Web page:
On Sunday 4th March, Pastor Mensa Otabil, founder of the International Central Gospel Church (ICGC), did not mince words about his perception of Ghanaians (the media especially) and Africa as a whole. On the 34th anniversary of the church, Pastor Otabil lamented on the state of Africa, the mediocrity of Ghana and even the inferiority complex crippling the black race. He associated himself with the recent inflammatory comment by US President Donald Trump describing African countries as “shithole countries”.
In his opinion, Africans behave in ways that make us look even worse than the mere residents of a shithole. “Recently some governmental leader of another nation described us in a very very unpalatable term, very annoying term… But that term is not prescriptive but it is descriptive… It’s just that sometimes you don’t like the person who is saying it but you know…” “You don’t like him for saying it but we are probably worse than the description. And we seem lost.”
He went on to address the inferiority complex embedded in the African psyche, making us feel if the white man doesn’t help us, we can’t help ourselves. He said that although the true Christian gospel was introduced by Europeans to Africans, they white-coated it to make those of Caucasian descent seem superior to their melanin-filled counterparts. By so doing, Blacks have been conditioned to be dependent on the white man and look to them to do everything for us.
He bemoaned, “Unfortunately Christianity came to us from them… I say unfortunately because the Christianity that came to us was the true gospel, but it was culturally clothed in the European. As so there is the kind of Christianity we embraced that made everything white. Jesus is white, angels are white, God is white. And so we begin to feel we are nothing, we are not able, we are not even the same colour with God”.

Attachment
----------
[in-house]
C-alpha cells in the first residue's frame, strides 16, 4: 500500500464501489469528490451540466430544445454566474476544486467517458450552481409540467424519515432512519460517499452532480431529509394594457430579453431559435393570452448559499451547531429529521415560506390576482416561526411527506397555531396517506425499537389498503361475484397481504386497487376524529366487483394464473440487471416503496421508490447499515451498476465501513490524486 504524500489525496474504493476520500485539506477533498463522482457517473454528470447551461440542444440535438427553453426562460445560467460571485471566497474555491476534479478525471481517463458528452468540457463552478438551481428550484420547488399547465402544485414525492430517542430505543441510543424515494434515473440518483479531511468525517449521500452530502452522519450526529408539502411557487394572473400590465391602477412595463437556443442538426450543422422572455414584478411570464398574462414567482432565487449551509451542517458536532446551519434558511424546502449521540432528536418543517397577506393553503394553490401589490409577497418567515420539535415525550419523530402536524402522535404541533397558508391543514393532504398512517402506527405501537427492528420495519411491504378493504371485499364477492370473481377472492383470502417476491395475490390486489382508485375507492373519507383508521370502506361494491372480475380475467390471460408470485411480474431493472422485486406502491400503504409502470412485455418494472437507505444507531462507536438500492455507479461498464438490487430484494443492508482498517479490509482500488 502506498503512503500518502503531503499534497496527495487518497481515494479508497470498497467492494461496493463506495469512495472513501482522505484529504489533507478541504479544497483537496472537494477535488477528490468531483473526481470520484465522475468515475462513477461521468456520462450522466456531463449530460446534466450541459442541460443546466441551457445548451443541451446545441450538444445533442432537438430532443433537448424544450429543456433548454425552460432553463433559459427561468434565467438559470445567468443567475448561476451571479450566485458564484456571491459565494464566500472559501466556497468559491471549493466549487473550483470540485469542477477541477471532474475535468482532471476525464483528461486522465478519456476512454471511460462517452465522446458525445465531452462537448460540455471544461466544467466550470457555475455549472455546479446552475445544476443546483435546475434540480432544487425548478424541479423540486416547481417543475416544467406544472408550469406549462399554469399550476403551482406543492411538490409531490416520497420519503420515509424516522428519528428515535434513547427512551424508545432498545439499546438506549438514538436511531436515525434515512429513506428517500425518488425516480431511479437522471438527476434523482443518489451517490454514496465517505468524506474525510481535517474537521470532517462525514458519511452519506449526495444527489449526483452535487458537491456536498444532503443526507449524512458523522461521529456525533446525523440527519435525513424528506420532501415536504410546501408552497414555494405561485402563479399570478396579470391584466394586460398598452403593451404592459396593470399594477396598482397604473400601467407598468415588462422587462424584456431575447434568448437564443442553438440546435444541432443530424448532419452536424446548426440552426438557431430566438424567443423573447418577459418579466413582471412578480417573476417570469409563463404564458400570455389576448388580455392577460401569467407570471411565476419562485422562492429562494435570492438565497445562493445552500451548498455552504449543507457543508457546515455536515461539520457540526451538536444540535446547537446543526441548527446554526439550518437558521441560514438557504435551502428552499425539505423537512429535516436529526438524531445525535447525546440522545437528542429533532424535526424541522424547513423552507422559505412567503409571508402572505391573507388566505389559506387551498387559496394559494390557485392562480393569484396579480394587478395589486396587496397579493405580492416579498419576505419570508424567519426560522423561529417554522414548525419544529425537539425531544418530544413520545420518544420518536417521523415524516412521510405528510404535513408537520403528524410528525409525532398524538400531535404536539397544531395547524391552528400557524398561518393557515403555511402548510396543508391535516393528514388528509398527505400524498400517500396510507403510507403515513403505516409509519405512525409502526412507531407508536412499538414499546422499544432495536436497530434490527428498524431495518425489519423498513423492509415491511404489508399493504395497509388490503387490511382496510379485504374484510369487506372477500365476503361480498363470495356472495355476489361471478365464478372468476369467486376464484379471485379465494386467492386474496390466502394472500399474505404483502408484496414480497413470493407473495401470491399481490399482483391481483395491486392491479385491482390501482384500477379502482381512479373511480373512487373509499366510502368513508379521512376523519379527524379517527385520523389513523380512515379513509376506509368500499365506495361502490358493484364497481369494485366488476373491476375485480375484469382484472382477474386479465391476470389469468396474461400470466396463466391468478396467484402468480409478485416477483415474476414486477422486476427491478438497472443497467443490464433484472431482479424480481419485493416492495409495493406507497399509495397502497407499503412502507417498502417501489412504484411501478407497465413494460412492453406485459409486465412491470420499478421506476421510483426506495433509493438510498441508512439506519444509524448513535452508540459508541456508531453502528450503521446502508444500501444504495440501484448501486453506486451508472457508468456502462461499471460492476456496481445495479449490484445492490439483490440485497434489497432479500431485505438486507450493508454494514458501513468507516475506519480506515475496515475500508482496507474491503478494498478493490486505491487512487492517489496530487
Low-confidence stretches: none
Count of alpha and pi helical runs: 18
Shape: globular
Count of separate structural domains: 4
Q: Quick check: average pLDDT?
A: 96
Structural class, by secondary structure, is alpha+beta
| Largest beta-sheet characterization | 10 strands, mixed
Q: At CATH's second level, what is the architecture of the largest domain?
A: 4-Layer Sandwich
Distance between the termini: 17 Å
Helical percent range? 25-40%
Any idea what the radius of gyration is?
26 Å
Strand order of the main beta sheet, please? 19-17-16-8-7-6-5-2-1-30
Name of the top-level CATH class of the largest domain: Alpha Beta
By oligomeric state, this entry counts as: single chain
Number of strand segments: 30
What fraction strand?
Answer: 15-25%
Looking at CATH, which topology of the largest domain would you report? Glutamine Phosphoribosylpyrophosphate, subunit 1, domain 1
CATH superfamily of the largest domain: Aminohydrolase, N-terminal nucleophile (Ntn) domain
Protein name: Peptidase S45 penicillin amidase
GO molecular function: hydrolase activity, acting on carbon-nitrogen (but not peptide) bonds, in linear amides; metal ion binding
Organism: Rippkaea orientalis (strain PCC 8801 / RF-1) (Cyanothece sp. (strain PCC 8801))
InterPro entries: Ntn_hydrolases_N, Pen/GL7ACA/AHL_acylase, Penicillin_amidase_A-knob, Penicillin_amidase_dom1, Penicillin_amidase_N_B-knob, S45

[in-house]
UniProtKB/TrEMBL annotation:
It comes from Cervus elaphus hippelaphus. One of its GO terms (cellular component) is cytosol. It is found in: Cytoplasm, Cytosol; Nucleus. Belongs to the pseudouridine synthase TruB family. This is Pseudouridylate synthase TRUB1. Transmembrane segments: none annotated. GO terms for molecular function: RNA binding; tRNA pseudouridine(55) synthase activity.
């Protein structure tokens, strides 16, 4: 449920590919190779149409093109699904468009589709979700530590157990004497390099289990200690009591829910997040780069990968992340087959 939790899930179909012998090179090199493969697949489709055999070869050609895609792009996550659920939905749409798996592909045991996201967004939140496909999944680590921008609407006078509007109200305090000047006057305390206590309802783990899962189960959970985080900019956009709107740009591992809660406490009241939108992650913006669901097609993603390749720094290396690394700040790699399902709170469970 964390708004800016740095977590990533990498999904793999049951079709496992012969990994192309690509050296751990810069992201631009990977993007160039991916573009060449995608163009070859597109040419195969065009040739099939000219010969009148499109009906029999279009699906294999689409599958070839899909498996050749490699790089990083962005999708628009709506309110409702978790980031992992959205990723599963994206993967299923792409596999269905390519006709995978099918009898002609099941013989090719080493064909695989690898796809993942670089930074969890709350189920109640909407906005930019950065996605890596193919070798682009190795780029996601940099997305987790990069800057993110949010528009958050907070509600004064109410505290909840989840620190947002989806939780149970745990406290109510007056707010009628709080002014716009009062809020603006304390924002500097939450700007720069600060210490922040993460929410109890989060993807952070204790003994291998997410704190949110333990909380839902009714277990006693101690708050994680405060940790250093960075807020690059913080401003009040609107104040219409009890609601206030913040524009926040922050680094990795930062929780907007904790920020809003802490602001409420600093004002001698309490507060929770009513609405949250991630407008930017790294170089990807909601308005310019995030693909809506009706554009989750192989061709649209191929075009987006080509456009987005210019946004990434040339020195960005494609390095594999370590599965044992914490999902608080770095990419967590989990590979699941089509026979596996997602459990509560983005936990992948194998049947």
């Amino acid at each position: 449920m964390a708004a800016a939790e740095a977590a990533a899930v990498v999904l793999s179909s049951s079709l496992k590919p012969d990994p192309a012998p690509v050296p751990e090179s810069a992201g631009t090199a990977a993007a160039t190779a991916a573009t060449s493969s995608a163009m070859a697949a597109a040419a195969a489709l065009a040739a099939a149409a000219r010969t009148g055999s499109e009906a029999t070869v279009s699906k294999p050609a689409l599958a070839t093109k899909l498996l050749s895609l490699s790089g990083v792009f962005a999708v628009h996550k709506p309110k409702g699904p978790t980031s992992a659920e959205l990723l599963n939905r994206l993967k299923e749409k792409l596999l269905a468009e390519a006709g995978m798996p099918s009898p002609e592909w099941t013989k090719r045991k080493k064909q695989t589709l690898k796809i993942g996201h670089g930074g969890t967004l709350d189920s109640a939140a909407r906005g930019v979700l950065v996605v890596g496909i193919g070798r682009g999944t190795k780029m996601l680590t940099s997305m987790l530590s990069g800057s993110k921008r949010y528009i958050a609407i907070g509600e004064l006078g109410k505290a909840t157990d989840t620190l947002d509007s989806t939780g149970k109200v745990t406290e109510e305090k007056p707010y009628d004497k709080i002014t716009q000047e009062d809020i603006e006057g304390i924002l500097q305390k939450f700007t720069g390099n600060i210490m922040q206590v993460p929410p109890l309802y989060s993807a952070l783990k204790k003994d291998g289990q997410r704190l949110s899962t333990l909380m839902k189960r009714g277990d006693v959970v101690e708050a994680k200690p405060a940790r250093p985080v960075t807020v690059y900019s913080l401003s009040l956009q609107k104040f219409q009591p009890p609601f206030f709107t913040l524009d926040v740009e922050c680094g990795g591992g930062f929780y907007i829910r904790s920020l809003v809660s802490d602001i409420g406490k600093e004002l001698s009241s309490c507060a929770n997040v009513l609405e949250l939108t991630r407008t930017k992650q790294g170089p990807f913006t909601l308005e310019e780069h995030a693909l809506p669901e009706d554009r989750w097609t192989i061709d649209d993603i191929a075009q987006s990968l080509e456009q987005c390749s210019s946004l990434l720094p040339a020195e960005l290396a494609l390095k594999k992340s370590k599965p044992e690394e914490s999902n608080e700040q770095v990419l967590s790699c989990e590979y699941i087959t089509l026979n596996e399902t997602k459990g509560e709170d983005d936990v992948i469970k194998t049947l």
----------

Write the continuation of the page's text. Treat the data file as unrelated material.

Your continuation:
“Now if you think that way… There’ll be a certain sense in your mind that although you are a Christian, you still are not of the best sort because you are of the wrong skin color. So in addition to our inability to solve our problems, we now assign problem-solving to another race.”
“So, anytime we are in trouble, we rush to them (assorted levels of white people). This is what foreigners don’t understand, that when we [Africans] say a white man, it’s not [the same as] what they [white people] say. For example, when an African American says you are white, it’s different from when an African says you are white. We have assorted levels. It starts from the European to the Indian and anything in between; for us, they are all white, so, anything that looked different from us, we conferred our destiny into. So, we need to solve our problems, there’s filth around us, we don’t solve it, we’re waiting for the IMF, we’re waiting for the World Bank, we’re waiting for a white consultant, we’re waiting for somebody to come and solve our problem, so, we became very inactive.
“It is in this context that God called me. If God called me then it means that part of my mission is to deal with that problem. First with the ancestral problem and secondly with the secondary problem of colonialism and what it has done to us – damaged our sense of confidence … I believe that that approach of confidence is what we need to turn our destiny around.